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While most European countries are shuttering coal plants, Southeast Asia is moving in a different direction.

Last year, Myanmar’s leaders startled climate campaigners by throwing their support behind coal power. The government pledged to provide electricity for all by 2030, with roughly a third coming from coal power, up from a meager two percent. Coal was pitched as the ultimate solution to energy poverty in Myanmar, where only a third of the population is connected to the national grid.

Communities across Myanmar have mobilized in opposition to over a dozen proposed coal plants, many buoyed by investment from neighboring Thailand. Close analysis of the Myanmar government’s power development plans shows that much of the electricity is intended for export to Thailand. International investors, including the Japanese International Cooperation Agency, have been eager to promote “clean coal” technology that Japan conveniently exports.

Case studies from the region show the real impacts of coal on people and the environment. A video produced by ERI offers lessons for campaigners in Myanmar from its eastern neighbor. It shares stories from three communities in Thailand who successfully fought against coal projects in their areas.

One such area was Mae Moh in northern Thailand, where a 2,400-MW plant was developed by the Electricity Generating Authority of Thailand (EGAT), Thailand’s state-owned power utility and one of the main investors in a proposed coal plant in the Dawei Special Economic Zone.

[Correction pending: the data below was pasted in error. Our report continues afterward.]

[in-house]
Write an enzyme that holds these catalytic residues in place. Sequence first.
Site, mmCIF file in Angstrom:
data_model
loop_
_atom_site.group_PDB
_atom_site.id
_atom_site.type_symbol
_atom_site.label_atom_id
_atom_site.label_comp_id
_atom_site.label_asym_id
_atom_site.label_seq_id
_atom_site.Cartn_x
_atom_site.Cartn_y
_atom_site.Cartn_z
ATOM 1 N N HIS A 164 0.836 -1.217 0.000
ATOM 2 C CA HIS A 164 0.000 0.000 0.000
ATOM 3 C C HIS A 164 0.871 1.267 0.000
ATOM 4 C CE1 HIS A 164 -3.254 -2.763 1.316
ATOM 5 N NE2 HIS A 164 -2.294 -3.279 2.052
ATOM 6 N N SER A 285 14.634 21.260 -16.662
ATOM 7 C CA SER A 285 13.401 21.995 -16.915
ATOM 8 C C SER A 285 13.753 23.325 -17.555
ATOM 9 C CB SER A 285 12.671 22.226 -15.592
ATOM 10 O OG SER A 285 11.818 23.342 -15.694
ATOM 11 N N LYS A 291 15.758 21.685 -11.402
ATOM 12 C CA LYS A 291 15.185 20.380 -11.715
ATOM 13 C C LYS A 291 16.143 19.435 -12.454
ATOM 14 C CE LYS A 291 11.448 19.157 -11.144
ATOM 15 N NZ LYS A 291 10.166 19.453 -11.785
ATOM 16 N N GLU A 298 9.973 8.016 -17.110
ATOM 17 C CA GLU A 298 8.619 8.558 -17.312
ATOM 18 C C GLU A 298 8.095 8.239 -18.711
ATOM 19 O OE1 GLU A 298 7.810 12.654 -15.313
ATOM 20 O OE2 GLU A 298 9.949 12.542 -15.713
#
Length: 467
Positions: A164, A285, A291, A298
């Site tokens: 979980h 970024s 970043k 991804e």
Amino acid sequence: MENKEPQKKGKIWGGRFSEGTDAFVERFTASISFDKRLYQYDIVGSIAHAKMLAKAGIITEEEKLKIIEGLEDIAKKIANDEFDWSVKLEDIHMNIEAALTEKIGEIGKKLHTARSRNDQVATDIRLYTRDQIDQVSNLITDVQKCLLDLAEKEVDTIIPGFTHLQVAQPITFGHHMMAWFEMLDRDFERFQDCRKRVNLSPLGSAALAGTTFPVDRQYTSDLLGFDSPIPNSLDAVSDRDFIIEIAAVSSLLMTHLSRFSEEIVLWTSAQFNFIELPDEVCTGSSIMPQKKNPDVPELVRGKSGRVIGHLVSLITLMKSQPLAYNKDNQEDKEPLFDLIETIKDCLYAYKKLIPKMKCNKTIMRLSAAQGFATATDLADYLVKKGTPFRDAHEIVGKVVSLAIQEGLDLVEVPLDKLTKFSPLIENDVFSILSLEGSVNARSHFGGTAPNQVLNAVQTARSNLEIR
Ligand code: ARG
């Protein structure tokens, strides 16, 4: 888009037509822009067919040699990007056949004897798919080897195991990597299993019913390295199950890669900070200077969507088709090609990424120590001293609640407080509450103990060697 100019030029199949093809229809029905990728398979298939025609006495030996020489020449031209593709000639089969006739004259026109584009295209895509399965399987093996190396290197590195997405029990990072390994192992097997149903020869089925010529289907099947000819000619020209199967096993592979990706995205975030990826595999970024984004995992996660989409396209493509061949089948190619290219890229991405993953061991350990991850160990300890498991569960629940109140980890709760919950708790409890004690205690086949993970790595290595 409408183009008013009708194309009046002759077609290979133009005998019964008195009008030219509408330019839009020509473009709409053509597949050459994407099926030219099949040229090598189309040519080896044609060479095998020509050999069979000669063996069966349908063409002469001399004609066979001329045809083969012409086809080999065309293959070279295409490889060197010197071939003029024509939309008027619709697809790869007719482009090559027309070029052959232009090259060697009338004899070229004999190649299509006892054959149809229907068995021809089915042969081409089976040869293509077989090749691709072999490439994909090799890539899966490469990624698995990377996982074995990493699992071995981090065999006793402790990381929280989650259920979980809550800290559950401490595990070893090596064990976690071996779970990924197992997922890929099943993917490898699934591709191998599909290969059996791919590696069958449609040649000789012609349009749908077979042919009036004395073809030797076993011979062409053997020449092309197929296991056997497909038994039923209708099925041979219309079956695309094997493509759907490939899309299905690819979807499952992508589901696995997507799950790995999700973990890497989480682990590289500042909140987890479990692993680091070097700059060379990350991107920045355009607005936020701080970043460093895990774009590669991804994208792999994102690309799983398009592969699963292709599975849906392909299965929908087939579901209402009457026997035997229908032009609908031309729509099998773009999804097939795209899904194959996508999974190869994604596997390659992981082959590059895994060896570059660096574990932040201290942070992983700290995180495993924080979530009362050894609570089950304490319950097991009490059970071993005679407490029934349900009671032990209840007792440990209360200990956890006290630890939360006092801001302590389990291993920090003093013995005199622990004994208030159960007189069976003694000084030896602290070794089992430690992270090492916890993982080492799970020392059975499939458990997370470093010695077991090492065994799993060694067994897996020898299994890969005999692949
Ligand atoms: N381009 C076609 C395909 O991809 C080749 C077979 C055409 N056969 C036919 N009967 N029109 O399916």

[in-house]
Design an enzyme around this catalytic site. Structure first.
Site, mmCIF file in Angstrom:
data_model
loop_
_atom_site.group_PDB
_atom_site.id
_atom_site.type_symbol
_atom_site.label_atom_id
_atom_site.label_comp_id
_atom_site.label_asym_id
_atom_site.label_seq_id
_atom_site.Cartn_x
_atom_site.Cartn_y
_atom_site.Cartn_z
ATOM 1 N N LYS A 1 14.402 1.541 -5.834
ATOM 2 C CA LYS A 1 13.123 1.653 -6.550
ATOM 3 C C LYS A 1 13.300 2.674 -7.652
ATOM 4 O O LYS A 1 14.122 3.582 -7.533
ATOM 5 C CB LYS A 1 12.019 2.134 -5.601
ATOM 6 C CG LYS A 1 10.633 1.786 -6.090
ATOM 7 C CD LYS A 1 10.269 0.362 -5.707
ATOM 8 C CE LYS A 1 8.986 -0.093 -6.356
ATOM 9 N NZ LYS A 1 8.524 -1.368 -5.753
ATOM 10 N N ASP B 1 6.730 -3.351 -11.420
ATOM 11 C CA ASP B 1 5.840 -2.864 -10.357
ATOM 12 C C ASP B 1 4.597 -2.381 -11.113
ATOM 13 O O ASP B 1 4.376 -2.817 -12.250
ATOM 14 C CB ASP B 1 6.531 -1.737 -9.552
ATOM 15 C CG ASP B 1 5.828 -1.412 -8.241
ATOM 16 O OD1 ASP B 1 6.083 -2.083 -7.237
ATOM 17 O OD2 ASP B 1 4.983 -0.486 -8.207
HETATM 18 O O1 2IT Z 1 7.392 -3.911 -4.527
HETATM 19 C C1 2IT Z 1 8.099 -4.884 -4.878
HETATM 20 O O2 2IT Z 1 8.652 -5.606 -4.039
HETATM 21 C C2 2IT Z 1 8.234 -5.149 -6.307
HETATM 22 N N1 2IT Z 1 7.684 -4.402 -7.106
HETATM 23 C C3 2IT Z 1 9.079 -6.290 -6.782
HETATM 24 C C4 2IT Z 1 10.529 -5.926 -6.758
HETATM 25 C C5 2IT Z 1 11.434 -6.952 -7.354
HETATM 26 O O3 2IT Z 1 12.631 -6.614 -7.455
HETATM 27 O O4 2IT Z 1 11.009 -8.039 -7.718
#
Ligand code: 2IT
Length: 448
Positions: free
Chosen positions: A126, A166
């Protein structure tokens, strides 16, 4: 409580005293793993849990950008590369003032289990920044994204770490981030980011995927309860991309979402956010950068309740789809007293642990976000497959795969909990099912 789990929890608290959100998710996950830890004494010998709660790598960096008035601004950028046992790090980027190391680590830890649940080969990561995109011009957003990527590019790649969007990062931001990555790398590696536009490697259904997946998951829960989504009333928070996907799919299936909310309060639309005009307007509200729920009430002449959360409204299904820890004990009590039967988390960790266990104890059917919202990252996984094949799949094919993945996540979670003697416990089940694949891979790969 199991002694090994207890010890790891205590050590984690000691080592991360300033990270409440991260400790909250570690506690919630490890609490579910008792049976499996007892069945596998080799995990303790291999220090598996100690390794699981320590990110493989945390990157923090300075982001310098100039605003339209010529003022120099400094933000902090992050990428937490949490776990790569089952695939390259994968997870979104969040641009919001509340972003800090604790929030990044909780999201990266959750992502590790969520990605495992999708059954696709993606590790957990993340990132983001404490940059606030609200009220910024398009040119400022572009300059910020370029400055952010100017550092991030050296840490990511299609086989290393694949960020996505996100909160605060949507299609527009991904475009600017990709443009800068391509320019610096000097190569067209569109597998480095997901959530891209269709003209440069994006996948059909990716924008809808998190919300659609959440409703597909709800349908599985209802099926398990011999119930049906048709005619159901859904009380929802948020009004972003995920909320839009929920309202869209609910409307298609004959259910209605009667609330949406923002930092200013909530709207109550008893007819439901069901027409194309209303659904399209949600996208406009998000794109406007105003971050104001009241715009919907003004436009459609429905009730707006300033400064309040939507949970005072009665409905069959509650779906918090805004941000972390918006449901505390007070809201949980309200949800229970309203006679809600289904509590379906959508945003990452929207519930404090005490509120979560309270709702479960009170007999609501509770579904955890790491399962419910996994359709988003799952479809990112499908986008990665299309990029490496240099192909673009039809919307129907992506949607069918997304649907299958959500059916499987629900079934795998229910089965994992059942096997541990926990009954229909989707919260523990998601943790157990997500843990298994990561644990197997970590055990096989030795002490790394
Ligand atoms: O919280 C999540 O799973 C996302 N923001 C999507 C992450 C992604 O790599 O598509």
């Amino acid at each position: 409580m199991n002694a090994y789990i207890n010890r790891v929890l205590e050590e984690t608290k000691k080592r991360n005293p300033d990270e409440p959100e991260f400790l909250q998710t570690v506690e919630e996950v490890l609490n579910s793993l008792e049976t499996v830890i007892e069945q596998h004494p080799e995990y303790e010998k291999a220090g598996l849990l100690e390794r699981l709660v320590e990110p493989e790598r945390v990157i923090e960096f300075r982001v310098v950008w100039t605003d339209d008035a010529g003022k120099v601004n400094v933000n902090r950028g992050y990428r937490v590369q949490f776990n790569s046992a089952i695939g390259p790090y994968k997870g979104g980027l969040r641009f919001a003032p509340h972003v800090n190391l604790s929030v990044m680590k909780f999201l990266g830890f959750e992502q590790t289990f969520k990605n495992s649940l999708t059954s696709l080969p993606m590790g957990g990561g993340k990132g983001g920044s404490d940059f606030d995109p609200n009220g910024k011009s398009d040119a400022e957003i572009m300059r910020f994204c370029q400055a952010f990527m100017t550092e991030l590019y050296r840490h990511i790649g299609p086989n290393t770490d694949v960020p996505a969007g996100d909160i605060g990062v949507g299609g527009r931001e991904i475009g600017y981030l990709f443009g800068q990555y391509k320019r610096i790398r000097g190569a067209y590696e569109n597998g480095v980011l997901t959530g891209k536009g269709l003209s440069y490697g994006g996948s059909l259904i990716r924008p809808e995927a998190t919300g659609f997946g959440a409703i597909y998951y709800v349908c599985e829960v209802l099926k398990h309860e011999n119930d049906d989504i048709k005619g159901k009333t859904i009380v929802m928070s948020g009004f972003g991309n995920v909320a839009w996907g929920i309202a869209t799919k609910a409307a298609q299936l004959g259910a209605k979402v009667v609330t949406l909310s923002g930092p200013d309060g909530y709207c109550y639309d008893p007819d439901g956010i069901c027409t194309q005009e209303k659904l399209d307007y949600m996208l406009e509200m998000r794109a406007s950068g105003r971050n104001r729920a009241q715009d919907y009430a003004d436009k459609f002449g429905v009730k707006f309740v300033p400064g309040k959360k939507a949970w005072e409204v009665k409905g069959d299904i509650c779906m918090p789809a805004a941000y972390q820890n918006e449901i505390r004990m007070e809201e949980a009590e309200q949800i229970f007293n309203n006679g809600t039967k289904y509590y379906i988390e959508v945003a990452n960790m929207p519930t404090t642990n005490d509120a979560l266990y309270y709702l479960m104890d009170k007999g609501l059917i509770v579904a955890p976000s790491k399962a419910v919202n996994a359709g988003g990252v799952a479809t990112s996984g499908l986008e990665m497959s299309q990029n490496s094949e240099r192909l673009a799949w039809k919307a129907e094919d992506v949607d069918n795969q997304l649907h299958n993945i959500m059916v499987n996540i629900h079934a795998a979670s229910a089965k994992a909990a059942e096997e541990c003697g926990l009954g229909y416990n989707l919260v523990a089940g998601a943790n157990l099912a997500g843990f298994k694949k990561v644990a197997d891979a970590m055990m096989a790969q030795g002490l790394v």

“They said that the project would bring development, jobs and a good economy,” said Maliwan Nakviroj, a community leader in Mae Moh. “Villagers would have more money.”

But soon after the project was completed, more than 30,000 were forced to relocate due to dust, noise, pollution and environmental degradation of their land and crops. No Environmental Impact Assessment was ever conducted. In the early 1990s, the community began to organize in protest, eventually staging a ten-year legal battle against EGAT.

“We are a minority, but we say if we cannot stop the power plant, we can at least stand up for our rights,” added Nakviroj.

In early 2015, the Chiang Mai Administrative Court ruled in their favor, ruling that the company had failed to control its emissions of sulphur dioxide and awarding 25-million baht as compensation to the surviving villagers. The landmark decision demonstrated the power of the law in helping communities oppose coal projects in Thailand.

In Prachuap Khiri Khan along the pristine Gulf of Thailand, Baan Krut villagers successfully resisted the development of a 1,400 MW EGAT-supported coal plant. Drawing lesson from the Mae Moh campaign, the community staged an 18-year battle against powerful vested interests, with determination and fearlessness among their strongest weapons.

“The police said if we started a campaign we would be arrested,” said Jintana Kaewkao, President of Baan Krut Environment and Natural Resources Conservation Group. “But we still continued.”

The government then presented a smaller 735 MW coal plant in Bo Nok as the solution to blackouts in Southern Thailand.

“They said to us if we don’t build the power plant here, we would be the cause of the whole country losing electricity,” said Sureerat Taechoosakul, a community leader.

But the community disagreed. Following in the footsteps of Baan Krut, the villagers launched a passionate campaign against the project. They sought out experts in renewable energy who disagreed with the government’s assessment and stoked an academic debate on the over-projection of Thailand’s energy needs.

Both cases in Prachuap Khiri Khan resulted in the government backing down, demonstrating the value of local participation in decisions around energy and the power of united and well-informed communities.

For communities in Myanmar, these stories of success can offer hope.